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Monday night, some artistically inclined and concerned individuals got together at the progressive collective Affinity Lab to talk about the ramifications of street art as it interacts with the law in D.C. We chatted with the discussion's hosts, Allyson Behnke and Max Fowler Cohen about why they decided to bring people together for this socratic-esque seminar.
Guest of a Guest: What generated your interest in creating this forum in which to engage in an art-law discourse? Allyson Behnke: For me it started within the context of knowing a lot of intelligent and amazing people in DC from different backgrounds and disciplines as well as a natural curiosity to understand how different life experiences affect an individual's understanding of the world around them. More often than not interesting and insightful conversation occur organically when individuals from different backgrounds go head to head on the same topic. Max and I had been playing with the idea of facilitating such conversations for a couple months, and that lead to Art x Law.
Max F. Cohen: My motive was to create high-level discussion, and DC's artistic and legal communities are both intellectually rich. I feel that cross-disciplinary conversations are ideal breeding-grounds for new ideas, because the assembled people are encouraged to explore pathways of thought that are new to them.
What role do each of you, Allyson and Max, play in the art vs. law (implied) binary? AB: I feel that art and law are manifested in everything that surrounds us. To me law dictates policy which directly and indirectly impacts the mood and the values of a community. Similarly art reflects and contributes to these values and moods. It is interesting and valuable to me to explore their intersection.
MC: The intellectual tradition that I herald from is very concerned with the law. As an undergraduate, I focused on the history of ideas, with an emphasis on North American ethical thought. While this predisposes me toward law, it has been my experience in Washington DC that the local visual arts and music scenes are asking many of the best questions.
What conclusions or observations were made about GAIA's mural being covered up/destroyed? AB: Over all I feel that the cover up can be contributed to miscommunication.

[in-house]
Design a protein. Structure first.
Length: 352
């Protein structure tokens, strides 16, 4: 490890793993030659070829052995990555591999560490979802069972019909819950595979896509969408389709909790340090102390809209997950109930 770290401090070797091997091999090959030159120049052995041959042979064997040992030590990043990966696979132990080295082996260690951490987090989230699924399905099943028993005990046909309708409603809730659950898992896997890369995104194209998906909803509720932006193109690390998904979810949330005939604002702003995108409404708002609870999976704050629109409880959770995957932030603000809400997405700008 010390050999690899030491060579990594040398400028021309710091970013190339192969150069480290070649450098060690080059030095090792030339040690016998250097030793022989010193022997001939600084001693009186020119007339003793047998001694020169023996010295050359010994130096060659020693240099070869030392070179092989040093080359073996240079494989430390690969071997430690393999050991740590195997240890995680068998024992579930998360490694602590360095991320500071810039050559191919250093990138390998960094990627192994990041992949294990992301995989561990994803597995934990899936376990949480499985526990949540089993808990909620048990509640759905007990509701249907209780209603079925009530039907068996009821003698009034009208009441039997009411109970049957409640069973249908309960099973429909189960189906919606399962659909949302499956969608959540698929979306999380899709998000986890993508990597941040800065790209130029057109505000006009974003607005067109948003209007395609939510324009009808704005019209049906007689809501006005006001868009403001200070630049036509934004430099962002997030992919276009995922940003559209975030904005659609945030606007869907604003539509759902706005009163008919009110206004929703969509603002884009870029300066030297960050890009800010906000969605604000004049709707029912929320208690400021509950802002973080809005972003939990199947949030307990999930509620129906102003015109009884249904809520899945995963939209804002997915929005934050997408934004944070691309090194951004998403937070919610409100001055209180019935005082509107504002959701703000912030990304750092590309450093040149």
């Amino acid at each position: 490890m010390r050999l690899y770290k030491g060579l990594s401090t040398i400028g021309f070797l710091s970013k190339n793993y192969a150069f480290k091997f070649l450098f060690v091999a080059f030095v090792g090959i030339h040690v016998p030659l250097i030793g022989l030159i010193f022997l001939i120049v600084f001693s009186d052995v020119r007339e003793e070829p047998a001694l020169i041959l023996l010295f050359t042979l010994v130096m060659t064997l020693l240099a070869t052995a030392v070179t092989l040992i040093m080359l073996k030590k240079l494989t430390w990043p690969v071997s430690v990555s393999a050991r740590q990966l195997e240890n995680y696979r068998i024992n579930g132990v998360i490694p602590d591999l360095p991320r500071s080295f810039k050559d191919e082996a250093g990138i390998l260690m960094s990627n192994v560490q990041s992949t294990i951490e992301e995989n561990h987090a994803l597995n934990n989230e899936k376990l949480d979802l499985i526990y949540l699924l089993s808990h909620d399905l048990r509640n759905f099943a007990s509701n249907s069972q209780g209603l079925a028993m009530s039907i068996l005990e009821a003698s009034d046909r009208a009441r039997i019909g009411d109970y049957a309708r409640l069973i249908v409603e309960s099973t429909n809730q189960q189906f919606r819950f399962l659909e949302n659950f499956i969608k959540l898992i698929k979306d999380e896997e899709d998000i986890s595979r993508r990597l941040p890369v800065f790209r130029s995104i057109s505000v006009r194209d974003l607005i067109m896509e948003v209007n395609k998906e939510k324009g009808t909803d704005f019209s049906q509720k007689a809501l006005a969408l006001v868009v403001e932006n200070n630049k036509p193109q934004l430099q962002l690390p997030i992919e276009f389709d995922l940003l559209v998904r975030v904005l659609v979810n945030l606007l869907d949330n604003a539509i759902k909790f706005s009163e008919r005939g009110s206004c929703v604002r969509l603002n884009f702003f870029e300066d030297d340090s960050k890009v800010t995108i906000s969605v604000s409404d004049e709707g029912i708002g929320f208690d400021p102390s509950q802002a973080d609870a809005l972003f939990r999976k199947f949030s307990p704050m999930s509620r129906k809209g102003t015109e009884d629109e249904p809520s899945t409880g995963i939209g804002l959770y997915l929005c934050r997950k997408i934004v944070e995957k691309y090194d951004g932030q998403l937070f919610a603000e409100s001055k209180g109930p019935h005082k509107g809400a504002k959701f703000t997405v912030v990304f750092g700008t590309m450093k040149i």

MC: Any work of street art is an incredibly visceral yet transient mode of expression. Like ourselves, our art comes and goes.
What talking points were addressed vis-à-vis copyright laws and street art? Do street artists have a legitimate claim to the work they produce? Or do those potential claims become lost in the intersticies of legality, public vs. private space, and the anonymity of street artists? AB: What I took away from Sherwin Siy of Public Knowledge's presentation was that the law in this particular arena is subjected to various perceptions and conditions. I personally love being surprised by new and innovative art and street art.
MC: Sherwin Siy of Public Knowledge had some great things to say about that. I can hardly do all of it justice, but essentially, the law is always at play, and so are the conditions of the streets. It's quite an intricate balance, and a chiral one.
Of the people in attendance, how many were street artists and how many were lawyers? AB: Everyone who turned out was interested in the cross-disciplinary topic.
MC: I suspect several were actually both.
Did the discussion take an "us vs. them" path or was it more of an open flow of ideas? AB: Us vs. them? If anything I would say it was similar to a college lecture or discussion where everyone was encouraged to participate.
MC: Several issues of contention were surfaced, but I was impressed with the intelligence and tenacity of our audience in addressing the tensions that arose.
What are the D.C. laws regarding street art? Is it technically considered illegal to "deface" an abandoned building with one's artistic expression? MC: There are, of course, regulations -but the DC government understands that for many people, art of this nature is no less a valid form of public expression than business signs and advertisements. The DC Commission on the Arts and Humanities is able to provide some legal access and even grant money for the use of certain of these spaces for artists that are willing to go through the application process. Artists can also work directly with building-owners and property managers.
What role, if any, did WORN magazine play at the discussion? MC: Worn Magazine's recent article on the cover-up of GAIA's mural provided the inspiration for the conversation. We were concerned by the destruction of this artwork.
Could you talk about the choice of Affinity Lab as the site for this discussion? What role do you think Affinity Lab plays in the D.C. artistic atmosphere? AB: I work out of Affinity Lab and enjoy the positive culture that cultivates entrepreneurship. These are two reasons we choose the Lab as the location for the discussion. As a creative and an entrepreneur Affinity Lab has proved to be both a very valuable resource and positive force in my life. I am constantly surrounded by supportive DC creatives, artists and entrepreneurs... this kind of environment allows me to host events like Art x Law... I suppose you can use that is as a measure of Affinity Lab's impact on the DC artistic atmosphere. I see them as being a platform where the artistic community can grow.
MC: Affinity Lab is one of the strongest communities in DC, particularly for people in the worlds of entrepreneurship and the arts. It, and spaces like it, are the future of work. As such, we saw it as a perfect venue for encouraging a community discussion about personal expression.
Anything else you'd like to add? MC: We can't give away everything just yet, but keep an eye open for more conversations in the near future.
AB: (Affirmation nod and wink)
[GAIA photo via]